Grateful Web Interview with The Collection

Article Contributed by Candice Dollar | Published on Thursday, March 30, 2023

North Carolina-based indie-pop band, The Collection, released their newest EP, How To Survive An Ending, on January 27th. The EP centers around the theme of empowerment and encourages listeners to break away from societal expectations and find their own strength to get through difficult endings. The band, which has been compared to The Lumineers, Magic Giant, and The Oh Hellos, has had a string of successes in recent years, including their first chart appearance with their single "Won't Stop Yet," and a viral moment on Tik Tok.

Additionally, The Collection was named the 2019 NPR Tiny Desk Judge’s Pick and has been featured on World Cafe, American Songwriter, and Glide Magazine. Most recently, the band wrapped up a postcard initiative that created a safe space for LGBTQ+ fans to share their messages of empowerment.

Grateful Web recently had the opportunity to sit down with David Wimbish, the lead singer and songwriter of The Collection, to discuss their EP release. In our interview with David, we delve into the band's creative process, and discuss the start of a brand new music festival, which is scheduled to take place later this year in Saxapahaw, North Carolina.

GW: Hi! How are you?

DW: I'm Good! How are you doing?

GW: I'm great. I just had an interview right before you. I've been trying to do 4 to 6 every weekend, but speaking with artists is actually the highlight of my week, so it is very nice to meet you. I appreciate your time.

DW: I appreciate your time as well! Thanks for having me. I'm constantly on the road at the moment, so I am hoping to have enough service in this little parking lot. Life is very hectic for me too. So I get it.  

GW: So what are you doing on the road so much right now?

DW: We're actually creating a music festival that's starting this year out in Saxapahaw, North Carolina, which is where I have been living. Well, actually I'm currently about an hour from there, so I'm constantly having meetings in Saxapahaw to get the festival stuff started, especially before we go on tour.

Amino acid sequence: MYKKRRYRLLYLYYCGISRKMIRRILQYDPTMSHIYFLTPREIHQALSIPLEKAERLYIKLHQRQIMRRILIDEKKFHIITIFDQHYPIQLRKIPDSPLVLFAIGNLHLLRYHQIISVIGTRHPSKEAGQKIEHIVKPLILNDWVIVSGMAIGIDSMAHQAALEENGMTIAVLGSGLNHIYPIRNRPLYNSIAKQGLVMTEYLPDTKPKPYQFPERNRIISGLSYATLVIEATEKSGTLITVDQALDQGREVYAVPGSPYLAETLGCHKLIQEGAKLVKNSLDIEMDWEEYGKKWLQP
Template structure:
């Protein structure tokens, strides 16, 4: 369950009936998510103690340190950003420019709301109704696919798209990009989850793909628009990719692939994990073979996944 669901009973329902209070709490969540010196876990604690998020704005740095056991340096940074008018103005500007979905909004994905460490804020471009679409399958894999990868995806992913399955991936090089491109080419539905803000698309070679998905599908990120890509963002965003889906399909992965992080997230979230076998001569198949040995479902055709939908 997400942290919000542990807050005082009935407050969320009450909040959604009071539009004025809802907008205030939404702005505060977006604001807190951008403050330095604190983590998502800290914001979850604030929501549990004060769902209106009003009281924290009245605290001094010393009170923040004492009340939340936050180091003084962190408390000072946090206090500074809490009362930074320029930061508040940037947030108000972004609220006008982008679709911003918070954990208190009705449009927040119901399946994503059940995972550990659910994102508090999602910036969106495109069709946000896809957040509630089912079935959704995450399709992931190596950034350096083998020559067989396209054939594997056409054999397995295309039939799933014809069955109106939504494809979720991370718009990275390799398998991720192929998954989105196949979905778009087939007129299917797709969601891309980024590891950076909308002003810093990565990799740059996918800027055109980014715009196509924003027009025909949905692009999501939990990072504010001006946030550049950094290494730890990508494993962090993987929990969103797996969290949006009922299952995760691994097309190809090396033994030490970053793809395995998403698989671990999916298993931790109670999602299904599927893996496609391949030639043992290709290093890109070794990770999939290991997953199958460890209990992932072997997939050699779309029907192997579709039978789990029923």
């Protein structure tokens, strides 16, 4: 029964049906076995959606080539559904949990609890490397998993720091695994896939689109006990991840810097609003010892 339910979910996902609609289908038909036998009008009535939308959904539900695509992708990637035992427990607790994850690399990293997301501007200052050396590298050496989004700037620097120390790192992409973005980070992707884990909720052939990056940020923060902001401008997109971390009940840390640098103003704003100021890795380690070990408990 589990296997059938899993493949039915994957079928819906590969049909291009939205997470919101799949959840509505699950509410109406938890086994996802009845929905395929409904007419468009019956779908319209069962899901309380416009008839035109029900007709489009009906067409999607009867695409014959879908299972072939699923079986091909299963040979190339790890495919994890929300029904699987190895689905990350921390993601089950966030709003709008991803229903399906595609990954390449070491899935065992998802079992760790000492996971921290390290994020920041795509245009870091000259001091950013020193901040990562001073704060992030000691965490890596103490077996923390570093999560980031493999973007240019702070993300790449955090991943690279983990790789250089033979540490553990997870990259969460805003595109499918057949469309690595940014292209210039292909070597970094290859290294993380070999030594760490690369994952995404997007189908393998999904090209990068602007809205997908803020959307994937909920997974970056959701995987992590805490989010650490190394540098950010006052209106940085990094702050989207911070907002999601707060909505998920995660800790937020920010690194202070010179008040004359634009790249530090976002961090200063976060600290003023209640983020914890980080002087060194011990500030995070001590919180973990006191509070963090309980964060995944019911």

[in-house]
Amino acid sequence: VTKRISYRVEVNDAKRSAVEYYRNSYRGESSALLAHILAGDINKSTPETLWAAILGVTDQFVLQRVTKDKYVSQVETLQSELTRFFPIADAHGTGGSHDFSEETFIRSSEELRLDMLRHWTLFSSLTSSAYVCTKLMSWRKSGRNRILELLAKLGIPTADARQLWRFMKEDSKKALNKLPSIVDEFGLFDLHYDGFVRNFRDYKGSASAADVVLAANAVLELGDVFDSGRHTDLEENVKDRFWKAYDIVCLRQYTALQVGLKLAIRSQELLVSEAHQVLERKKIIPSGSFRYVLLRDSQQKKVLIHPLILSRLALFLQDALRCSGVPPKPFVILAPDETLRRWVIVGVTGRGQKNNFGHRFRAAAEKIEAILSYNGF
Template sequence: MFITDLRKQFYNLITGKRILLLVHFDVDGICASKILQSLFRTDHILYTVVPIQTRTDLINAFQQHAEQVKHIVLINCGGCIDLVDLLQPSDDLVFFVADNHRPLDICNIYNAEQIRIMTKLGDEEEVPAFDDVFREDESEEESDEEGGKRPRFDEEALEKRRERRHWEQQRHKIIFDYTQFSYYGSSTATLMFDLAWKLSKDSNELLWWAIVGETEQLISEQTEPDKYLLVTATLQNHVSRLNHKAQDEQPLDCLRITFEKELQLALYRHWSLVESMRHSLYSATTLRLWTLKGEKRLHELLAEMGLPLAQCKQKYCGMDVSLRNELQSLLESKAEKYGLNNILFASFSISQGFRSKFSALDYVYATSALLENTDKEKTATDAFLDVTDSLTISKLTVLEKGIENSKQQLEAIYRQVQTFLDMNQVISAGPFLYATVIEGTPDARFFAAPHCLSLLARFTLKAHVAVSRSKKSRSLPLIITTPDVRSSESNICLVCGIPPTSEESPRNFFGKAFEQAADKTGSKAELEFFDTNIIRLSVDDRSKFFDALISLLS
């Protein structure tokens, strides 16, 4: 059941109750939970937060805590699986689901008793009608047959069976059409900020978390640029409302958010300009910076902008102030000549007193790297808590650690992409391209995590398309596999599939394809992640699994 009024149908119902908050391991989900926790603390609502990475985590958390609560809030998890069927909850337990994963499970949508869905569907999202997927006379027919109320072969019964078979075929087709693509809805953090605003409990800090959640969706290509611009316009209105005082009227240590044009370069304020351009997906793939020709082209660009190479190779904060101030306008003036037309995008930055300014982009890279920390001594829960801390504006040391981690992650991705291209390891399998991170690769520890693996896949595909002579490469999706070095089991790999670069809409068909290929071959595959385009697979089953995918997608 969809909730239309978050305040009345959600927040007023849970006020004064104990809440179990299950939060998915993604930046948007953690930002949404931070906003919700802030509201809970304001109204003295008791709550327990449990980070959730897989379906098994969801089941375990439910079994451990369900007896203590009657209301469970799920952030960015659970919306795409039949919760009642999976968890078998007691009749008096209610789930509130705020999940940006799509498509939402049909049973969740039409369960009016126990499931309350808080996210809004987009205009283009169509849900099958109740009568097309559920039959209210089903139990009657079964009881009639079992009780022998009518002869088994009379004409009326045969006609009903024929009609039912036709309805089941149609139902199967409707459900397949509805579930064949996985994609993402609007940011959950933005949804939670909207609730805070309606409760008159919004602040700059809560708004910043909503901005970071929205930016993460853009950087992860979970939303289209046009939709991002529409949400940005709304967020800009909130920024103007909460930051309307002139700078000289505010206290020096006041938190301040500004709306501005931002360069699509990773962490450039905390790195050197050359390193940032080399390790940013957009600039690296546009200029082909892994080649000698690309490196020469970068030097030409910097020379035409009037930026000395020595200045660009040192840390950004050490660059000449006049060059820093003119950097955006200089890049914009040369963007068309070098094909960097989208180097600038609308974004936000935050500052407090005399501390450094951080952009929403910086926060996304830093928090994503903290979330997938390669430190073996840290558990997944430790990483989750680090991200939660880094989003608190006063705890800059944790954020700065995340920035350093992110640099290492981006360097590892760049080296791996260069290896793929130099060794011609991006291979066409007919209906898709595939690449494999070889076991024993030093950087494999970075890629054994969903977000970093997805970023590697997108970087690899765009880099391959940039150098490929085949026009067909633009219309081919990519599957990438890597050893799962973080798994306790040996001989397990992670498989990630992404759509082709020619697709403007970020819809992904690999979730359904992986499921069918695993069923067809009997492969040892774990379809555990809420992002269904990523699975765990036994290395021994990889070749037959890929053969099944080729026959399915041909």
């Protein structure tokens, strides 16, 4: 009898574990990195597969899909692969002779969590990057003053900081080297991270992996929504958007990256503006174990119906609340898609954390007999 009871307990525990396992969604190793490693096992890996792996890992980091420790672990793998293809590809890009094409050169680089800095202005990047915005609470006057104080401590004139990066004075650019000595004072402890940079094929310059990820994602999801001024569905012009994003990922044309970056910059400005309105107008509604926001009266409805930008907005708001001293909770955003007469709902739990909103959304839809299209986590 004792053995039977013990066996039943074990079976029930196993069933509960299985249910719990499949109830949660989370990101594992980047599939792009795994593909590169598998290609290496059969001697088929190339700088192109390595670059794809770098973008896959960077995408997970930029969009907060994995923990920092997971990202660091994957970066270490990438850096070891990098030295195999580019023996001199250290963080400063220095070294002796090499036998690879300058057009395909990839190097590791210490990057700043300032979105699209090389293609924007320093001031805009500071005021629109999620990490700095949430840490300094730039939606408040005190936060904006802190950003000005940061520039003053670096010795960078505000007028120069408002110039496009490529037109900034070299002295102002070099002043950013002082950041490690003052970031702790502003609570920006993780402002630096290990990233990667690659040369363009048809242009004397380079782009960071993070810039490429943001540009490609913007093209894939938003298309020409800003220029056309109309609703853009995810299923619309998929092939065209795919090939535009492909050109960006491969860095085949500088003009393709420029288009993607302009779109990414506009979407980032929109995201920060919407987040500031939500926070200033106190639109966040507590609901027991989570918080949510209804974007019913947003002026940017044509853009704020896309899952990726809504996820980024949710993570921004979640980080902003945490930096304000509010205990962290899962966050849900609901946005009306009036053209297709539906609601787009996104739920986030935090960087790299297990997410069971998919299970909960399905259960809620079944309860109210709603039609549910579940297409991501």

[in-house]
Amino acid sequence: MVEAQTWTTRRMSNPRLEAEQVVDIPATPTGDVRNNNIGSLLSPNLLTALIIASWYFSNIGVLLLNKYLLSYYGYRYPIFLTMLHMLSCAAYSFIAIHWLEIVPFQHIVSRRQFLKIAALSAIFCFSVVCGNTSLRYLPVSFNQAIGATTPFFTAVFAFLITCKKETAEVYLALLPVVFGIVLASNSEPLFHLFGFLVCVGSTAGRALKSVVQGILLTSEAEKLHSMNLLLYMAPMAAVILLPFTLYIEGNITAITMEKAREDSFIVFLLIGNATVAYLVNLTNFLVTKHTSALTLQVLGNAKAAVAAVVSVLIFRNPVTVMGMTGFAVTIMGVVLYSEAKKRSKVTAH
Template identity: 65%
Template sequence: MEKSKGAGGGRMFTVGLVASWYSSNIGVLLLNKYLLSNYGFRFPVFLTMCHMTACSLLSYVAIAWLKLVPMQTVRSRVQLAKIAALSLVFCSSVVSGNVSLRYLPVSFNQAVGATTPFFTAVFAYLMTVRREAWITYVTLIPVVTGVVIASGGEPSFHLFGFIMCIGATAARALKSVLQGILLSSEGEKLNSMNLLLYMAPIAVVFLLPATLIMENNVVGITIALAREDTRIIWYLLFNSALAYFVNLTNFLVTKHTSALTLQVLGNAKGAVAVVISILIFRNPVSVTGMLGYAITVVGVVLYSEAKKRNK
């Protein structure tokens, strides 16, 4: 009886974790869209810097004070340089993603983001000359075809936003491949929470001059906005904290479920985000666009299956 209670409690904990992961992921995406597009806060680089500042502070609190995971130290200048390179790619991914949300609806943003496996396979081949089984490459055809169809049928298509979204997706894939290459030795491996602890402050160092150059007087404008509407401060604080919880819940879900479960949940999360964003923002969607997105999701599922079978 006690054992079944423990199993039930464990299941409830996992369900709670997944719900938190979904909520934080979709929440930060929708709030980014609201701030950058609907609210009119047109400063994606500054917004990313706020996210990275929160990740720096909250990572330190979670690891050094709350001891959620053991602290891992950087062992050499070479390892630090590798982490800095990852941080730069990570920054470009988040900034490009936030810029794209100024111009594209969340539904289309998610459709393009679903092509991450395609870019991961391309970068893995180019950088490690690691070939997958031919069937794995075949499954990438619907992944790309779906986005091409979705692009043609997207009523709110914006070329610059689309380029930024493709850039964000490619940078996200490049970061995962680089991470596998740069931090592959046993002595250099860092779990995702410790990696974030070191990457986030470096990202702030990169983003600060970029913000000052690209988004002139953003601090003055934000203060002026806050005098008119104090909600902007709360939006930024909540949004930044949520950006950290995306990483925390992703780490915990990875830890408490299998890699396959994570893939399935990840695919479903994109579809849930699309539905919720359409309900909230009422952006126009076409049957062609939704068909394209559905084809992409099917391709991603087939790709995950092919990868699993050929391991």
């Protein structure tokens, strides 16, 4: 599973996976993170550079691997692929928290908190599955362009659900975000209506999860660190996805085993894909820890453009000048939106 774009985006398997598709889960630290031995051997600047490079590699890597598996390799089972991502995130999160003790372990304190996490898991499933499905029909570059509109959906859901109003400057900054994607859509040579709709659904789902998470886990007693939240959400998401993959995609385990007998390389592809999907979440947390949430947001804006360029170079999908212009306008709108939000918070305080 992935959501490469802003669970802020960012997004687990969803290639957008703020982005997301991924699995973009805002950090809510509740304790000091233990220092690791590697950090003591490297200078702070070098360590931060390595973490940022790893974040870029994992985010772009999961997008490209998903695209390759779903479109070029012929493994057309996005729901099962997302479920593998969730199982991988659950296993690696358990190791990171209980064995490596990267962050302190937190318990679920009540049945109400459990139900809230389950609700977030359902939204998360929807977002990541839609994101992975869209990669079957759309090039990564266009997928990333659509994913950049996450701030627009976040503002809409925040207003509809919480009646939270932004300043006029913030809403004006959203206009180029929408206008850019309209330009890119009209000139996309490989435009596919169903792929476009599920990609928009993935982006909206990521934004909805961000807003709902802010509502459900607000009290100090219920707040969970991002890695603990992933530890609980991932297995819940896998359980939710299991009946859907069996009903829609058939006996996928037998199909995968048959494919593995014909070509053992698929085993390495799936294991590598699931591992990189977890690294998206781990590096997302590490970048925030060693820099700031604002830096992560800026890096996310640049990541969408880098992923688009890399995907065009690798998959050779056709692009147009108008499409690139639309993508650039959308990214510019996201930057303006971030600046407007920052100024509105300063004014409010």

GW: Any chance you’ll be in the middle of the country? I am out here in Nebraska.

DW: We're actually playing in Omaha next month, which I know is not quite the middle, but it will be our second time playing in Nebraska, so I'm really excited. I did a lot of my growing up in Kansas, so I've at least been in similar spaces, to some degree. And it's interesting with my band, because I just have so many good memories associated with Kansas, and I actually love that it is so flat. The planes  and how much sky you can see when we drive through. Some of my bandmates are like, “oh, my God! This part of the country…” and I'm always like, “it's so beautiful!” I love it. I have to argue for Kansas with some of my bandmates.  

How To Survive An Ending

GW: Okay. So you guys just released an album, right? My burning question is always about the production process. What was the space like? And did you have a producer? Who was there?

DW: So I produced the entire EP. For the 6 songs, we recorded them in a little studio in a little town in North Carolina, called High Point. It was this really beautiful studio tha my friend Bill runs. It is a part of their house, but is a very professional studio. That was fun because it's such a comfortable space, being there, and  it really felt amazing and sounded incredible. Studios can be really depressing, because there's so few windows normally, and I just need a lot of light to feel inspired. And so it was nice, especially with those songs, doing them there. That studio is full of windows that are paned in just the right way, so that they still sound fine, but there is so much natural light, and that to me is key for being able to not hit a clock and want to take a nap. So, we did 6 of the songs there, and then there are 2 more songs that have more orchestral stuff, and we did those at a studio called Echo Mountain, in Asheville, North Carolina. That studio was always a dream to record in, because so many amazing records have been made there by folks like The Avett Brothers, and Brandi Carlile. It's just a very incredible studio. It's an old church that was renovated, so there's big stained glass windows, and a big church sanctuary building, and really incredible gear.

GW: And that studio was better for the more orchestral sounds?

DW: Yeah, we used this place to record the more orchestral songs so that we could get strings, brass, woodwinds and all sorts of stuff in there. So that was a wonderful and inspiring space with a lot of light too, which is helpful.

GW: So, tell me about your other bandmates.

DW: So there are 6 of us. I sing and play guitar and keys, and I also do all of our ranges for strings and whatnot. And then Joshua Ling plays electric guitar and does some vocals. He's got the deepest voice of anybody in the world. So he does very low vocals that sound like dwarves from the Hobbit (laughs). Sarah McCoy, and she's really wonderful. She's one of the best musicians I've ever played with. She plays keyboard and things. Joshua Linhart plays drums and just smiles non-stop. Graham Dickey plays trombone and trumpet.


The Grey Eagle @ 7:00pm
Asheville, NC, United States

Saturn @ 7:00pm
Birmingham, AL, United States

UNwineD Music Festival 2022 @ 5:00pm
Panama City Beach, FL, United States

Overton Park Shell @ 7:00pm
Memphis, TN, United States

Barley's Taproom @ 7:00pm
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The Evening Muse @ 7:00pm
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